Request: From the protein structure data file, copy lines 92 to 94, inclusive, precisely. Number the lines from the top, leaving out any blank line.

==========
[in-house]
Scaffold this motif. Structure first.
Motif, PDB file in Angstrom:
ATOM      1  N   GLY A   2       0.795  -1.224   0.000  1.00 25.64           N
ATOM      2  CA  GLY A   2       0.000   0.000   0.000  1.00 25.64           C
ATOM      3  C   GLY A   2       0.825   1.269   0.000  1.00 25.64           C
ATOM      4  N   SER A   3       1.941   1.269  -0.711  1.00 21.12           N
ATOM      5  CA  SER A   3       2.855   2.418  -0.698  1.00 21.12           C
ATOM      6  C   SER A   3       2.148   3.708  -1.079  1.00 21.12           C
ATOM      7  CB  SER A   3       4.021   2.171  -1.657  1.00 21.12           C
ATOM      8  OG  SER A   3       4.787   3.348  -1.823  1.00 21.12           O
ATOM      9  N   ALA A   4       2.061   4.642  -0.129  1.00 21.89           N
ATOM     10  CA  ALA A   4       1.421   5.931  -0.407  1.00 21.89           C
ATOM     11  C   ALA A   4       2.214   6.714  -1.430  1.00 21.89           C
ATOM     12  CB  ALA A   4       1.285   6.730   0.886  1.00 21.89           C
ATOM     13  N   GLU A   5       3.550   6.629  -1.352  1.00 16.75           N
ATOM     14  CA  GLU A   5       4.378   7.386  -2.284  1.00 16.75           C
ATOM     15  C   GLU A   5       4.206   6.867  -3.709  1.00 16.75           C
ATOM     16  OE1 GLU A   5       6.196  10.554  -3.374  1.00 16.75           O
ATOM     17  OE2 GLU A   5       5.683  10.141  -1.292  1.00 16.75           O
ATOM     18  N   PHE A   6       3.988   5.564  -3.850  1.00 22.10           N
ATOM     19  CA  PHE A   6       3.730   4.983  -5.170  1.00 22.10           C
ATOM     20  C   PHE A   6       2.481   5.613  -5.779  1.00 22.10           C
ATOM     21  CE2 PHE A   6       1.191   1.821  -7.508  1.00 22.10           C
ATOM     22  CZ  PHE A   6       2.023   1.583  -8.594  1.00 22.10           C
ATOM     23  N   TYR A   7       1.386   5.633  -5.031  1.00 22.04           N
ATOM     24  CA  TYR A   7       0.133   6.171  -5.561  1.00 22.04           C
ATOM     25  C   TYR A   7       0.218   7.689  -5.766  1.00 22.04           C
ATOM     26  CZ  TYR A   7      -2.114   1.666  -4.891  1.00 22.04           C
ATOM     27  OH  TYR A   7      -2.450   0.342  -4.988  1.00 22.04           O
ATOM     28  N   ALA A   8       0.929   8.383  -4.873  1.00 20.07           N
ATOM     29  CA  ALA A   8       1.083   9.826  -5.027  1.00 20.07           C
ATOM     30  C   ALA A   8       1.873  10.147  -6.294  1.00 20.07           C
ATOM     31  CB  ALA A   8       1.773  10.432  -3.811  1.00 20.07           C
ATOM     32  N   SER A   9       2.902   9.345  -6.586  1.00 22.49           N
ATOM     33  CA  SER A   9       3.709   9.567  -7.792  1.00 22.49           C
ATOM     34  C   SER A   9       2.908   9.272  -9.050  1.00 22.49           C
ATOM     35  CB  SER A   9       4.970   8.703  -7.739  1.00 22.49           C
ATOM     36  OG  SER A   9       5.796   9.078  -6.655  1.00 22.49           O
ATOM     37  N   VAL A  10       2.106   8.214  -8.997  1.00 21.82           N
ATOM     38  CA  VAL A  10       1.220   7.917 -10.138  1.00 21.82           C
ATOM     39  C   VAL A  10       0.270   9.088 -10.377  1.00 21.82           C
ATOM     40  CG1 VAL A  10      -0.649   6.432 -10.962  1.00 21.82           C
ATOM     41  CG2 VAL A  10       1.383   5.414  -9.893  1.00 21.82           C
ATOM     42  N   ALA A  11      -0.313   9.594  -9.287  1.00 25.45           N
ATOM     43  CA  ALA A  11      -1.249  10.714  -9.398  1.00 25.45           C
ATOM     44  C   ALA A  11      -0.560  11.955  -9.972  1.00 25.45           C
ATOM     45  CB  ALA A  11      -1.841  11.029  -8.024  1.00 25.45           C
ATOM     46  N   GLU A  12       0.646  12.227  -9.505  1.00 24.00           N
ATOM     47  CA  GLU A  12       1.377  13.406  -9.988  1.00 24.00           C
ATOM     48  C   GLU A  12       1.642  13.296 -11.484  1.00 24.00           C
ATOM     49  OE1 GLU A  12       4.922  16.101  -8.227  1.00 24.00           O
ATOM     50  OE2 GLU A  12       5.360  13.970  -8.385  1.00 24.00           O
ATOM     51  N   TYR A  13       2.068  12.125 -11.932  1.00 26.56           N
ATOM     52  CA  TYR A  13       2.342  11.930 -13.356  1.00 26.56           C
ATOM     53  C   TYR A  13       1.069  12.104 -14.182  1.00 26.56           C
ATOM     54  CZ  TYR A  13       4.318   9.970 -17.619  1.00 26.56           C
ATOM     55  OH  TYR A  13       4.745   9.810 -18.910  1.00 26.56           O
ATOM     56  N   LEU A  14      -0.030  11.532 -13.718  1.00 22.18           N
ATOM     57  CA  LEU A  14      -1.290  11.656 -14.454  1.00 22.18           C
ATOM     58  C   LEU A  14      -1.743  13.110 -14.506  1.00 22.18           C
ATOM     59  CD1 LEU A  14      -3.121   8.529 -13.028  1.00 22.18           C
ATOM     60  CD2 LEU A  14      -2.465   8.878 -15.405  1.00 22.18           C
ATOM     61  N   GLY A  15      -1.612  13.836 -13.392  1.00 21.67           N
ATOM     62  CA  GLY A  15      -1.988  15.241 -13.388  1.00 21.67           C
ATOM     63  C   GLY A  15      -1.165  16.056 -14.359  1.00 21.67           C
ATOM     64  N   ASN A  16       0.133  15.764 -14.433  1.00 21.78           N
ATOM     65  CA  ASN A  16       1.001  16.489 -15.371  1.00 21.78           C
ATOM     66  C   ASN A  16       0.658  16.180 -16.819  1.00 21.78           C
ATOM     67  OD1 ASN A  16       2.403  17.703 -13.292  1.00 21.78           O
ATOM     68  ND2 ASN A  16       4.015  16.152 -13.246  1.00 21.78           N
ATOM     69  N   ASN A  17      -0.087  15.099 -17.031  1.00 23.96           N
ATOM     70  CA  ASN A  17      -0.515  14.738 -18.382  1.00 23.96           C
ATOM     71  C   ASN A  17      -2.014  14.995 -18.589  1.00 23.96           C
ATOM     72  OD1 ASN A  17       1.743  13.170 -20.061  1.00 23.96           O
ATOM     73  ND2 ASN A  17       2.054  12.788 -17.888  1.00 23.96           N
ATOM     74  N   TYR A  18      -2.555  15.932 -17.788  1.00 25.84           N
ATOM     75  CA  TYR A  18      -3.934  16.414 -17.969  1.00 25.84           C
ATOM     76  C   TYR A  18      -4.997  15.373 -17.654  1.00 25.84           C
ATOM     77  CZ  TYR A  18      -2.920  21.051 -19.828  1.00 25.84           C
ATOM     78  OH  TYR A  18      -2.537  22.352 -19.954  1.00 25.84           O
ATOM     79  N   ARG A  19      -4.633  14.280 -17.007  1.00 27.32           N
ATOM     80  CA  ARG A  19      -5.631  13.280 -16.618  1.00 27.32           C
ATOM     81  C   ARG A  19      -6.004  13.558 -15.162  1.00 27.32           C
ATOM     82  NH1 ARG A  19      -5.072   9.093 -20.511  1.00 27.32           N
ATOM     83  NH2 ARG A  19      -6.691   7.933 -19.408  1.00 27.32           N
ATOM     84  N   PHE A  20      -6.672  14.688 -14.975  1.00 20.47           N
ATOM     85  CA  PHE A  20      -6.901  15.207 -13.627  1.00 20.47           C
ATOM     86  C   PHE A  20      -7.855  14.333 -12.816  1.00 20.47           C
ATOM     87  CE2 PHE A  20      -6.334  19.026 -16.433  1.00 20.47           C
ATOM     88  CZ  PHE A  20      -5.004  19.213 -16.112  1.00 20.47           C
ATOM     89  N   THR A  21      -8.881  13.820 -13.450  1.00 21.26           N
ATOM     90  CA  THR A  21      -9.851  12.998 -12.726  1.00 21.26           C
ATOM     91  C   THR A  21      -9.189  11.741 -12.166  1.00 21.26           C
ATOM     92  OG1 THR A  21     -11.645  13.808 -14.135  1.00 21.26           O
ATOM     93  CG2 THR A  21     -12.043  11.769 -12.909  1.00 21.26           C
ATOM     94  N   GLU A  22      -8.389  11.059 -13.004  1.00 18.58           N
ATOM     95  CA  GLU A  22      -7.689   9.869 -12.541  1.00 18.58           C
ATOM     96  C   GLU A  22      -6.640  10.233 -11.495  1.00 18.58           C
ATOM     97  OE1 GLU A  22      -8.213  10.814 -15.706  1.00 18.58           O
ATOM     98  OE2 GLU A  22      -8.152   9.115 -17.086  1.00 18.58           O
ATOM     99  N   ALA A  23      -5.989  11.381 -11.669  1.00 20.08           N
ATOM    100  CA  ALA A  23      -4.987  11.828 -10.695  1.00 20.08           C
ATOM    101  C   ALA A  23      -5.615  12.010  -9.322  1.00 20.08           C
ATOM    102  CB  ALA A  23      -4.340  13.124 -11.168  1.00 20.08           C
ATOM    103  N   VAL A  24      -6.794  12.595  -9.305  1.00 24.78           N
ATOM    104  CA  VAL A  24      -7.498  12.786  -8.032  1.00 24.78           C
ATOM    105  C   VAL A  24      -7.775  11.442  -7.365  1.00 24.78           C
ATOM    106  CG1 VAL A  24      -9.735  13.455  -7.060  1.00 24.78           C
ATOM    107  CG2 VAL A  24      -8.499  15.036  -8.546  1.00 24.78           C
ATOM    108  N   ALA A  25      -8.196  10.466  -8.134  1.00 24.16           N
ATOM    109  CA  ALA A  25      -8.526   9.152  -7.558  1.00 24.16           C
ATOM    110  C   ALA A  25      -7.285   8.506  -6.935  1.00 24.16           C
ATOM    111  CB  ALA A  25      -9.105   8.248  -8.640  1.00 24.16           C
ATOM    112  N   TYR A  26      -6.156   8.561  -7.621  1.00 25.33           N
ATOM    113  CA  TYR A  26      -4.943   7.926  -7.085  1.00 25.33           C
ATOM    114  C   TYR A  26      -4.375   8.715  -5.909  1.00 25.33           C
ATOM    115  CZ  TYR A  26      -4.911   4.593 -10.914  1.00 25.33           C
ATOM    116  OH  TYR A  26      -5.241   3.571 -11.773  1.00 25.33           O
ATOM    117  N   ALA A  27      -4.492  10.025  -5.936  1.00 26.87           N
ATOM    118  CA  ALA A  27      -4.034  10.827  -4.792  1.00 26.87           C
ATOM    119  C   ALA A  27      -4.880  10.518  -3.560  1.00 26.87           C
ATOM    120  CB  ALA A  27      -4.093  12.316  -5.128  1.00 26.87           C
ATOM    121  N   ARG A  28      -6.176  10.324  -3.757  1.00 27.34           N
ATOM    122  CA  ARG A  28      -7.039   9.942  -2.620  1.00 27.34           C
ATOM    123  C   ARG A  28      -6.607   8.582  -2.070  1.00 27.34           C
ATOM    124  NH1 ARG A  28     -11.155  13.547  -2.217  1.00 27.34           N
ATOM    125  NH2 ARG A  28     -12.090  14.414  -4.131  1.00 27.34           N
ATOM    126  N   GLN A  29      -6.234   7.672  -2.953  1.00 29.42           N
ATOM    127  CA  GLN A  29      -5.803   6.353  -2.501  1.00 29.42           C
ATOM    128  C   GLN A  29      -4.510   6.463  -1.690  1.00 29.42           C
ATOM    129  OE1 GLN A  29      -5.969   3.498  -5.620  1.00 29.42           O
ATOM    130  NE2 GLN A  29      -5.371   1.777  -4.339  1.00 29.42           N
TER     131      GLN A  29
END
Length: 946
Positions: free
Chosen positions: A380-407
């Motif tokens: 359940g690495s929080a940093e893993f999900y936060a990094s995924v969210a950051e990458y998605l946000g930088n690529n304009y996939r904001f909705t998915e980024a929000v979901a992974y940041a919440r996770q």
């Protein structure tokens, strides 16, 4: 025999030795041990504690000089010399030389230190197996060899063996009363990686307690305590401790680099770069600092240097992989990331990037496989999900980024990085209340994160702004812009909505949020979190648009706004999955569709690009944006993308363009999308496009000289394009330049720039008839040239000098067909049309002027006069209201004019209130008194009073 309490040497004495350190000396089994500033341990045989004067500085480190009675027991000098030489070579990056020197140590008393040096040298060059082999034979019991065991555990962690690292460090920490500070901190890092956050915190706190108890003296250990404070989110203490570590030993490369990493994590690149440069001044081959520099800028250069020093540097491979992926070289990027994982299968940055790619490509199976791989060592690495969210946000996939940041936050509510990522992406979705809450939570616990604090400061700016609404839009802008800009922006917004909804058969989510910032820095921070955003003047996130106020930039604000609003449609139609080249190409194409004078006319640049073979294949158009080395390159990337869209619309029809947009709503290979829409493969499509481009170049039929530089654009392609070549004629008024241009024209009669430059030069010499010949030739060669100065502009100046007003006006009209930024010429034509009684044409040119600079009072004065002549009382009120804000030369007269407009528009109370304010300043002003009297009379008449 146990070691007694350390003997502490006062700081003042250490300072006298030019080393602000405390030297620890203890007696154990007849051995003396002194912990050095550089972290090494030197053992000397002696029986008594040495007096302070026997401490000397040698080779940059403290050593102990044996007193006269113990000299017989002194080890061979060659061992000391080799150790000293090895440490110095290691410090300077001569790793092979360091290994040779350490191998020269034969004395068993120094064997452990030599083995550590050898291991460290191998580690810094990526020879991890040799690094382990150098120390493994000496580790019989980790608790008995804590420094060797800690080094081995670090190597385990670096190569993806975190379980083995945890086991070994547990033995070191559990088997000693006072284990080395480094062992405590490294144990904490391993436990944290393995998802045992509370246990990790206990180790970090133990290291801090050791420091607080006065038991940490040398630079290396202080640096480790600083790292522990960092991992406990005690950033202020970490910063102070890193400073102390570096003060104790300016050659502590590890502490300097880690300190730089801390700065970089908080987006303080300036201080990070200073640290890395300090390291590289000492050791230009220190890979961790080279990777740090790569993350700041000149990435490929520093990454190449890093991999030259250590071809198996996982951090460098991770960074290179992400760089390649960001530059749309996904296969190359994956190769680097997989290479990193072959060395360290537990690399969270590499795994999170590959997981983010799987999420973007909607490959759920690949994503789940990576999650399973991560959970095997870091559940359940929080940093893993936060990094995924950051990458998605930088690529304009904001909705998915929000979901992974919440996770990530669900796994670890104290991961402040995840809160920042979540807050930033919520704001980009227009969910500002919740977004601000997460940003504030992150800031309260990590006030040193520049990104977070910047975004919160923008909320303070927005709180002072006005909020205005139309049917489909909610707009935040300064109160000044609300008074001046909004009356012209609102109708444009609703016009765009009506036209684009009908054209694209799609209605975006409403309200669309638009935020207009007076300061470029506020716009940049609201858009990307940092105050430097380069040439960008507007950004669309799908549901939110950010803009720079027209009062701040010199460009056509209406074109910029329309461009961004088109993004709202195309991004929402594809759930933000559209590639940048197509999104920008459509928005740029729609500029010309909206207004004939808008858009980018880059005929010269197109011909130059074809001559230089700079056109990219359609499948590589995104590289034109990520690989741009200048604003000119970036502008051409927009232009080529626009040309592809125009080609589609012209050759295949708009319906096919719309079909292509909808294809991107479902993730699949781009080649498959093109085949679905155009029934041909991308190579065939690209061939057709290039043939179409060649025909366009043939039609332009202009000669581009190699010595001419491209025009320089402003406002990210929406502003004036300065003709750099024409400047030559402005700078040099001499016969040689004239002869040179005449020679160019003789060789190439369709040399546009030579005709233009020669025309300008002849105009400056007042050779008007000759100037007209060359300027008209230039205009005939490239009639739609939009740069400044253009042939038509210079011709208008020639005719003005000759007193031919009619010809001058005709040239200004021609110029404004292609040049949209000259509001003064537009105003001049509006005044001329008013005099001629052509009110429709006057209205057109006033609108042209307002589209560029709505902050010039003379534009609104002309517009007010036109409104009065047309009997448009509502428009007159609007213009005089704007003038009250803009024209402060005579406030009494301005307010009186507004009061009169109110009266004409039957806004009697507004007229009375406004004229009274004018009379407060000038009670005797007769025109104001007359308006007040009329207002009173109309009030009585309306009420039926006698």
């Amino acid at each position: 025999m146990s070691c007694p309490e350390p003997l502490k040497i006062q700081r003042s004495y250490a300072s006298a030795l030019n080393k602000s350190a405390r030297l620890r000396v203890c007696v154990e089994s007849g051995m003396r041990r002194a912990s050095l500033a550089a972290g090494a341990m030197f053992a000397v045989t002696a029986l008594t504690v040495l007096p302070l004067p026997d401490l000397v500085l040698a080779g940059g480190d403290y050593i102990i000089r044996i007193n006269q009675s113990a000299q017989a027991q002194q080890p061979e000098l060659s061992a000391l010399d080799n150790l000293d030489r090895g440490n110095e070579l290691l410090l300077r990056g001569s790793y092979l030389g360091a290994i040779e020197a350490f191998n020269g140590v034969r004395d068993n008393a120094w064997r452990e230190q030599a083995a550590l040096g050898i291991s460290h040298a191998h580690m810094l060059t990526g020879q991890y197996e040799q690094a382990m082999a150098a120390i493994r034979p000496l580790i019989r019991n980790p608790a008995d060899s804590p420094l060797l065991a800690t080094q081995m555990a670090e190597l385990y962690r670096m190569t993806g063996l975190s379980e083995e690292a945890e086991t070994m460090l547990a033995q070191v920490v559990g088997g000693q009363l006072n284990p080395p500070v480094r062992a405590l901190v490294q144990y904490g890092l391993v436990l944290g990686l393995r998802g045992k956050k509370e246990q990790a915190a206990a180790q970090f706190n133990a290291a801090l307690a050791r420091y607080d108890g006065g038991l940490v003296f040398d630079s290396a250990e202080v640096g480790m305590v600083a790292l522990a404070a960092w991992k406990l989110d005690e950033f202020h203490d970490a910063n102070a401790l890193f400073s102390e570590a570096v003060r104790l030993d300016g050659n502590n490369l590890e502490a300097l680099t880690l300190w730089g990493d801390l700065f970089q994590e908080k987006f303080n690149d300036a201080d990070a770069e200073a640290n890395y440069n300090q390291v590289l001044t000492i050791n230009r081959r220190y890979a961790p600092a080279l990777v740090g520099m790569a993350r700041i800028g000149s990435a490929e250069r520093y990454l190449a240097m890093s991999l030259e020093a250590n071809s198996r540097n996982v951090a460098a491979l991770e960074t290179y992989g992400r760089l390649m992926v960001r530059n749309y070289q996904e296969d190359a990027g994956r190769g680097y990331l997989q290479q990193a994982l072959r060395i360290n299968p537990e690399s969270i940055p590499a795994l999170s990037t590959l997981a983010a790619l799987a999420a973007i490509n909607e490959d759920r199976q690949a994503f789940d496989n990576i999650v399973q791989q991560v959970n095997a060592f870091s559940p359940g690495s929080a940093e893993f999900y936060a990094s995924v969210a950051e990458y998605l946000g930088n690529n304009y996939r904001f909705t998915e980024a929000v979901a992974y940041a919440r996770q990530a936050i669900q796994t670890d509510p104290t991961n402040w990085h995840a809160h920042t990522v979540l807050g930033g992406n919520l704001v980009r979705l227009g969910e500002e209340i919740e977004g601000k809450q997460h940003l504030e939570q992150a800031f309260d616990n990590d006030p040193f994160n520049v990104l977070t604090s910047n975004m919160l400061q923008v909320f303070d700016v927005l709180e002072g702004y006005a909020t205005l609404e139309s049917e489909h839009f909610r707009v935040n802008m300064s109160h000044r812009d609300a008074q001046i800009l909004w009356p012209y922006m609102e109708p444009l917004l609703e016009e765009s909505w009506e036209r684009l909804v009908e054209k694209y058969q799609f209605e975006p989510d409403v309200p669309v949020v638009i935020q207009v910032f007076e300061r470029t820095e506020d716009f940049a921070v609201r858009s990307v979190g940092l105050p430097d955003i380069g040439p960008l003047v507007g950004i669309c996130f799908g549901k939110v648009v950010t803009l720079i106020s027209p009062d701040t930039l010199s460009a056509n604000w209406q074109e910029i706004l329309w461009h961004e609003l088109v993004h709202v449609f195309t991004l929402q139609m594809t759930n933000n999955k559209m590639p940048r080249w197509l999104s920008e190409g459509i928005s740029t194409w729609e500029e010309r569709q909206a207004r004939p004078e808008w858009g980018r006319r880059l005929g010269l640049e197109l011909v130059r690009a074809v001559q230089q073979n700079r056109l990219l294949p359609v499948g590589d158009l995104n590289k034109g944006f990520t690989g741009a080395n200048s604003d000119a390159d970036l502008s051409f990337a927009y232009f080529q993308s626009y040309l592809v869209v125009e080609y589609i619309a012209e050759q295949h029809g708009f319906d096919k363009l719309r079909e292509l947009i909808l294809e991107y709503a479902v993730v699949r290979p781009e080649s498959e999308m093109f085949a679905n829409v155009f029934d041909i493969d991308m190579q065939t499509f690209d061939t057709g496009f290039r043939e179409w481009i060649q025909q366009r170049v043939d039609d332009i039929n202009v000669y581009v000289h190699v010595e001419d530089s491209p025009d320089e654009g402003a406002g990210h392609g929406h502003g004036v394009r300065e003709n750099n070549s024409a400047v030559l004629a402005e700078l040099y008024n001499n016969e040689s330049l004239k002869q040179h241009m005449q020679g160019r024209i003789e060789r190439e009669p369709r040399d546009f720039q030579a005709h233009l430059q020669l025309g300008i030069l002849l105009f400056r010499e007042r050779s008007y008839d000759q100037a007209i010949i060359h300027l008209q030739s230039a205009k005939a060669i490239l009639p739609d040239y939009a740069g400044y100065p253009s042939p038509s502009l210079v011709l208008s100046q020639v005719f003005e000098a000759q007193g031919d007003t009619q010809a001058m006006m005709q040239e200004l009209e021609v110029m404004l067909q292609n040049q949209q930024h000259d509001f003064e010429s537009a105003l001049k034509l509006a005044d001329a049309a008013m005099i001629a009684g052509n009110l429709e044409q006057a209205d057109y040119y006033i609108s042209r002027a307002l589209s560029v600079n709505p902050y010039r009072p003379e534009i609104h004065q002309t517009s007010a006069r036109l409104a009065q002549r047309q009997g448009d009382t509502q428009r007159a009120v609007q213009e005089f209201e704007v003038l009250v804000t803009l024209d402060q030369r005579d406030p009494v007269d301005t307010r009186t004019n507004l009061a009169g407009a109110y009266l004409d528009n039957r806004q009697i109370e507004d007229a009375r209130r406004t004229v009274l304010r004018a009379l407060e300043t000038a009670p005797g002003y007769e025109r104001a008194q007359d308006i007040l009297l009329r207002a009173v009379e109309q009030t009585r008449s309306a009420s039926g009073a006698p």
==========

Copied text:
ATOM     89  N   THR A  21      -8.881  13.820 -13.450  1.00 21.26           N
ATOM     90  CA  THR A  21      -9.851  12.998 -12.726  1.00 21.26           C
ATOM     91  C   THR A  21      -9.189  11.741 -12.166  1.00 21.26           C